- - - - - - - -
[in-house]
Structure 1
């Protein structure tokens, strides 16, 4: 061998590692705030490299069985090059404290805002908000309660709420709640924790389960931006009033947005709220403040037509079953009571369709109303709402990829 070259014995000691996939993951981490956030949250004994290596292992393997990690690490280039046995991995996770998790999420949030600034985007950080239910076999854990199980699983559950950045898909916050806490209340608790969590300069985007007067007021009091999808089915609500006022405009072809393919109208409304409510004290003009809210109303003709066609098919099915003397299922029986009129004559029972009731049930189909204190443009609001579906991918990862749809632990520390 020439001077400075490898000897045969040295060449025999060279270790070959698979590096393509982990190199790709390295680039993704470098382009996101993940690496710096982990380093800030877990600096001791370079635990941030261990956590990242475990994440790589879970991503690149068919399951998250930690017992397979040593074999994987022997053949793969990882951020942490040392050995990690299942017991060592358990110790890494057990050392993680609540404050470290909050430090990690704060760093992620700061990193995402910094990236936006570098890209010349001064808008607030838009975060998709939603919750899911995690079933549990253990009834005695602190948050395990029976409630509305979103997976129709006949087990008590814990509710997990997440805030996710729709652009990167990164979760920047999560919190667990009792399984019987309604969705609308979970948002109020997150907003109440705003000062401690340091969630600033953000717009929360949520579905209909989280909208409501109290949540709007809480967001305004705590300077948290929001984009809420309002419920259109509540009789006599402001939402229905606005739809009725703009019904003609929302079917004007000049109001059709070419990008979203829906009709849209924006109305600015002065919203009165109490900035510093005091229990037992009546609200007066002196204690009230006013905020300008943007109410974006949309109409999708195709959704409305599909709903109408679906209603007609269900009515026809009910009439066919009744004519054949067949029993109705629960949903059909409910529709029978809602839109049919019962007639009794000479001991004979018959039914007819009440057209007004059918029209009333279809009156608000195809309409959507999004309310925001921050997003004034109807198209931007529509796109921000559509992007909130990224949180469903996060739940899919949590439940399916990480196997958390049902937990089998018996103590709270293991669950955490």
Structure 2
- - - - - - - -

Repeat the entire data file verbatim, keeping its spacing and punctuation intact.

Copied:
[in-house]
Structure 1
């Protein structure tokens, strides 16, 4: 061998590692705030490299069985090059404290805002908000309660709420709640924790389960931006009033947005709220403040037509079953009571369709109303709402990829 070259014995000691996939993951981490956030949250004994290596292992393997990690690490280039046995991995996770998790999420949030600034985007950080239910076999854990199980699983559950950045898909916050806490209340608790969590300069985007007067007021009091999808089915609500006022405009072809393919109208409304409510004290003009809210109303003709066609098919099915003397299922029986009129004559029972009731049930189909204190443009609001579906991918990862749809632990520390 020439001077400075490898000897045969040295060449025999060279270790070959698979590096393509982990190199790709390295680039993704470098382009996101993940690496710096982990380093800030877990600096001791370079635990941030261990956590990242475990994440790589879970991503690149068919399951998250930690017992397979040593074999994987022997053949793969990882951020942490040392050995990690299942017991060592358990110790890494057990050392993680609540404050470290909050430090990690704060760093992620700061990193995402910094990236936006570098890209010349001064808008607030838009975060998709939603919750899911995690079933549990253990009834005695602190948050395990029976409630509305979103997976129709006949087990008590814990509710997990997440805030996710729709652009990167990164979760920047999560919190667990009792399984019987309604969705609308979970948002109020997150907003109440705003000062401690340091969630600033953000717009929360949520579905209909989280909208409501109290949540709007809480967001305004705590300077948290929001984009809420309002419920259109509540009789006599402001939402229905606005739809009725703009019904003609929302079917004007000049109001059709070419990008979203829906009709849209924006109305600015002065919203009165109490900035510093005091229990037992009546609200007066002196204690009230006013905020300008943007109410974006949309109409999708195709959704409305599909709903109408679906209603007609269900009515026809009910009439066919009744004519054949067949029993109705629960949903059909409910529709029978809602839109049919019962007639009794000479001991004979018959039914007819009440057209007004059918029209009333279809009156608000195809309409959507999004309310925001921050997003004034109807198209931007529509796109921000559509992007909130990224949180469903996060739940899919949590439940399916990480196997958390049902937990089998018996103590709270293991669950955490």
Structure 2